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Michael G. Vickers, former Assistant Secretary of Defense for Special Operations/Low-Intensity Conflict & Interdependent Capabilities, speaks with The Associated Press during an interview at the Pentagon in this Nov. 16, 2007 file photo.

ASPEN, Colo. — A military human intelligence organization that has faced headwinds in recent years is still growing in size, the Pentagon’s former intelligence chief said on Thursday.

Michael Vickers, until recently the undersecretary of defense for intelligence, said that the Defense Clandestine Service is still expanding and will continue to work alongside the military and other agencies in national intelligence-gathering efforts. He said the agency would be crucial in the wide-ranging fights the U.S. faces.

“It’s growing,” Vickers said at the Aspen Security Forum, answering a reporter’s question. “It’s an important initiative in terms of human intelligence, particularly important in this world against the range of challenges you describe, and the Department of Defense and our military have something to contribute to the overall national effort.”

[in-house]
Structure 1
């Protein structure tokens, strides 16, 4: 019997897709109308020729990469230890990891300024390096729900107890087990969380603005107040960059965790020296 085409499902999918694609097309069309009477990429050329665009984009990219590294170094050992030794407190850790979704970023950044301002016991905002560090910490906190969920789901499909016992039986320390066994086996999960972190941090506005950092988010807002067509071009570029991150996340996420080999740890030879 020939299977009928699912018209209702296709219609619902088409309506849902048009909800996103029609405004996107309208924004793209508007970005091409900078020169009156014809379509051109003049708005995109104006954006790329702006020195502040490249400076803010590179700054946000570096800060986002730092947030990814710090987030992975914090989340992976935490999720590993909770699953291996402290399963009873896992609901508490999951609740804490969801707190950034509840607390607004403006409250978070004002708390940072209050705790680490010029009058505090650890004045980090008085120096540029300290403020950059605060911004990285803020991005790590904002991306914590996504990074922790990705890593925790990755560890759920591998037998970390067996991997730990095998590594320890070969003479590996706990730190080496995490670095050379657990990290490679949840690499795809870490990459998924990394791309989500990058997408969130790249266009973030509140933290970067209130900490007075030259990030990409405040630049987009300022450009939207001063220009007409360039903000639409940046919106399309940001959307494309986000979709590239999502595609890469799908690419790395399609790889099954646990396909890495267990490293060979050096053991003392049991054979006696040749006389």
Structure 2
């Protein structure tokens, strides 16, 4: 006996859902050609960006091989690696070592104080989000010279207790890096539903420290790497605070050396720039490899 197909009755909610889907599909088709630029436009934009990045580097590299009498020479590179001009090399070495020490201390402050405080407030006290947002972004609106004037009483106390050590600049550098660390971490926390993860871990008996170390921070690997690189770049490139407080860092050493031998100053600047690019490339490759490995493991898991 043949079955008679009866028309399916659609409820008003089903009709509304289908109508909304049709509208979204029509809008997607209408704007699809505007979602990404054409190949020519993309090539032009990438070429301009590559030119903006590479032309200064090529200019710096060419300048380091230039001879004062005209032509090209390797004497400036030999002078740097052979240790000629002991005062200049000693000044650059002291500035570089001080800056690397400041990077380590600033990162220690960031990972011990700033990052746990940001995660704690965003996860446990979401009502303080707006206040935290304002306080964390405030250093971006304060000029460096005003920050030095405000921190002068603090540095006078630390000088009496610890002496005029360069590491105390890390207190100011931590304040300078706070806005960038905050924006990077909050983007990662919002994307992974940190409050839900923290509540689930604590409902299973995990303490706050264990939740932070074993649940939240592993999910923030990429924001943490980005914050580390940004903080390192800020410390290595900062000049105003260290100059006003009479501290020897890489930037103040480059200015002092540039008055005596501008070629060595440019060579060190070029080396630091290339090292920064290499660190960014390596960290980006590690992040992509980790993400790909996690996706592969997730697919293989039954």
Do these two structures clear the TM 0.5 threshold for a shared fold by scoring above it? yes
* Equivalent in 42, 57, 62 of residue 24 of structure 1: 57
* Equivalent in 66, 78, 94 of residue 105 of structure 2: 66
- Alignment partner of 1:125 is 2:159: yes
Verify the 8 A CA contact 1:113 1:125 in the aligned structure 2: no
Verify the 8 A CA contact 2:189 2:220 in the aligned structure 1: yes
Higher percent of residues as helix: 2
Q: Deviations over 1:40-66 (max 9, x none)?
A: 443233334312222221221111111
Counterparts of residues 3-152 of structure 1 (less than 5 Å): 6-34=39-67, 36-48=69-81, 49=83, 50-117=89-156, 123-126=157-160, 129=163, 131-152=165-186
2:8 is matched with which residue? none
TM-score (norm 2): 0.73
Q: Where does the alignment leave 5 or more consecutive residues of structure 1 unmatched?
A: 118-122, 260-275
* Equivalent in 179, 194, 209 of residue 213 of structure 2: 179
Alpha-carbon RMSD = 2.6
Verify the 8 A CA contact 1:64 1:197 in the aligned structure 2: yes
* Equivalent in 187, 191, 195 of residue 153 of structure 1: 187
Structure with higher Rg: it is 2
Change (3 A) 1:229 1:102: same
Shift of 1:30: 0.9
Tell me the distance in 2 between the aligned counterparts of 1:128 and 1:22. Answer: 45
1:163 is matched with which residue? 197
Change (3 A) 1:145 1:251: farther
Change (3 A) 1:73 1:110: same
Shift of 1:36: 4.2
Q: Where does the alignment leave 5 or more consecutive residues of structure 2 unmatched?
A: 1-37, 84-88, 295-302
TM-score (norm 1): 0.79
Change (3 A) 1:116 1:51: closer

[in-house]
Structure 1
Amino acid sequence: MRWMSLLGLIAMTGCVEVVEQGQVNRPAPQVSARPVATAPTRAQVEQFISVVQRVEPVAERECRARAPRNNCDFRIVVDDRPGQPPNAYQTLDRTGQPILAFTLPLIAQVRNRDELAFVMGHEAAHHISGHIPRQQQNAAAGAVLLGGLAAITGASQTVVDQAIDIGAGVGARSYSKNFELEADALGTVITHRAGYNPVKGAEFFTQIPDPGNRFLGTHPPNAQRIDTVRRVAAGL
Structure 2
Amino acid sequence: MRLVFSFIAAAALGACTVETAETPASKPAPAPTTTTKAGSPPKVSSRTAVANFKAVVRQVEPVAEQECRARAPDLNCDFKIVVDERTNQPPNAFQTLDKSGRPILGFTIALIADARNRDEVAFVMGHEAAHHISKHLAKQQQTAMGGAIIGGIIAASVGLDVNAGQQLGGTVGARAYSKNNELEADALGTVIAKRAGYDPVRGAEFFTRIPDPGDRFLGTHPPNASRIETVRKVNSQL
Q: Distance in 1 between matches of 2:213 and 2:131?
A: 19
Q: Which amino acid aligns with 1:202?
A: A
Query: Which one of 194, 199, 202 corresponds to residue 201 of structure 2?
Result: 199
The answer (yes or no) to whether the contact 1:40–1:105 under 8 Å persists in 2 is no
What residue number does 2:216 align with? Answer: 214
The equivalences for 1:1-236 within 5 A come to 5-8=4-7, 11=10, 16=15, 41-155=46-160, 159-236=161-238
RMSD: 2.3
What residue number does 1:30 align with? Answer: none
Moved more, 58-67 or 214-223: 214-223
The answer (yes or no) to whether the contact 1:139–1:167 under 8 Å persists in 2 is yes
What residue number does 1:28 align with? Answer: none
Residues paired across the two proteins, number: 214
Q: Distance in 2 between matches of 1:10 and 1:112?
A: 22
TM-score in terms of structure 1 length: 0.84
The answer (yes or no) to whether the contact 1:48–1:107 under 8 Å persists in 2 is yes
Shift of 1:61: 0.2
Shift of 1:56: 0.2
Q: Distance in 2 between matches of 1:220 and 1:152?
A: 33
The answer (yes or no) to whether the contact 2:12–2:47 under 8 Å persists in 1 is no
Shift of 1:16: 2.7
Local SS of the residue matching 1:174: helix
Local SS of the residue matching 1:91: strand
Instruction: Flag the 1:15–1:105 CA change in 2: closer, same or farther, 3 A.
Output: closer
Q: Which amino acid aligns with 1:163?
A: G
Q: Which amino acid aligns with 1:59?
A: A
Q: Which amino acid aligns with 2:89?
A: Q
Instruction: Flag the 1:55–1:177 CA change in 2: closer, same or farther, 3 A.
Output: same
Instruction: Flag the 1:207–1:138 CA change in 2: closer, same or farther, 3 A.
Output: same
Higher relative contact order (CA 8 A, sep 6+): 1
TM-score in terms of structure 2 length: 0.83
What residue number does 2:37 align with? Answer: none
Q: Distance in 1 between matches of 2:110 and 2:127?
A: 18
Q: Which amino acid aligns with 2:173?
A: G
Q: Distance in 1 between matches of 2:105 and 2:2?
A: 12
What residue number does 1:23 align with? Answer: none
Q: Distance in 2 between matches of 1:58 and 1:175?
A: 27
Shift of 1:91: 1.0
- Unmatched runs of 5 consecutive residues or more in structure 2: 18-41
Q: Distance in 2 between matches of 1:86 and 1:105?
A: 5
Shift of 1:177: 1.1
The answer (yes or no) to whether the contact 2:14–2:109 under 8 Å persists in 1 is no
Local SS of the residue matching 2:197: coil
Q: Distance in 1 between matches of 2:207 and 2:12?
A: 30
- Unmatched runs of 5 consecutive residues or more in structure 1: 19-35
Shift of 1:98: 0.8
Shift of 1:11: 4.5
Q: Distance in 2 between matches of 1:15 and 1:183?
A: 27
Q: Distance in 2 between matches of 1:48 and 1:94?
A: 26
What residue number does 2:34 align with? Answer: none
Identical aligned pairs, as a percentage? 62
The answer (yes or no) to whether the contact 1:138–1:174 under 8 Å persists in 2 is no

At its creation, the Defense Clandestine Service was meant to become an important component of human intelligence gathering within the military realm. Its size and capabilities were to match those of the CIA, the country’s main human intelligence-gathering organization.

As DIA director, Lt. Gen. Michael Flynn fought to make space for the DCS. But after facing immense opposition from lawmakers and intelligence agency officials, the plan was eventually scaled back, the Washington Post reported in November 2014.

(Read more: The Pentagon’s Top Intelligence Chief Is Out)

Vickers said that the DCS would be a complement to other agencies. “I would add: it’s a junior partner, it’s not rivaling the size of the CIA, but it’s important,” Vickers said. “We’ve had strong support from the CIA and DNI in this effort.”

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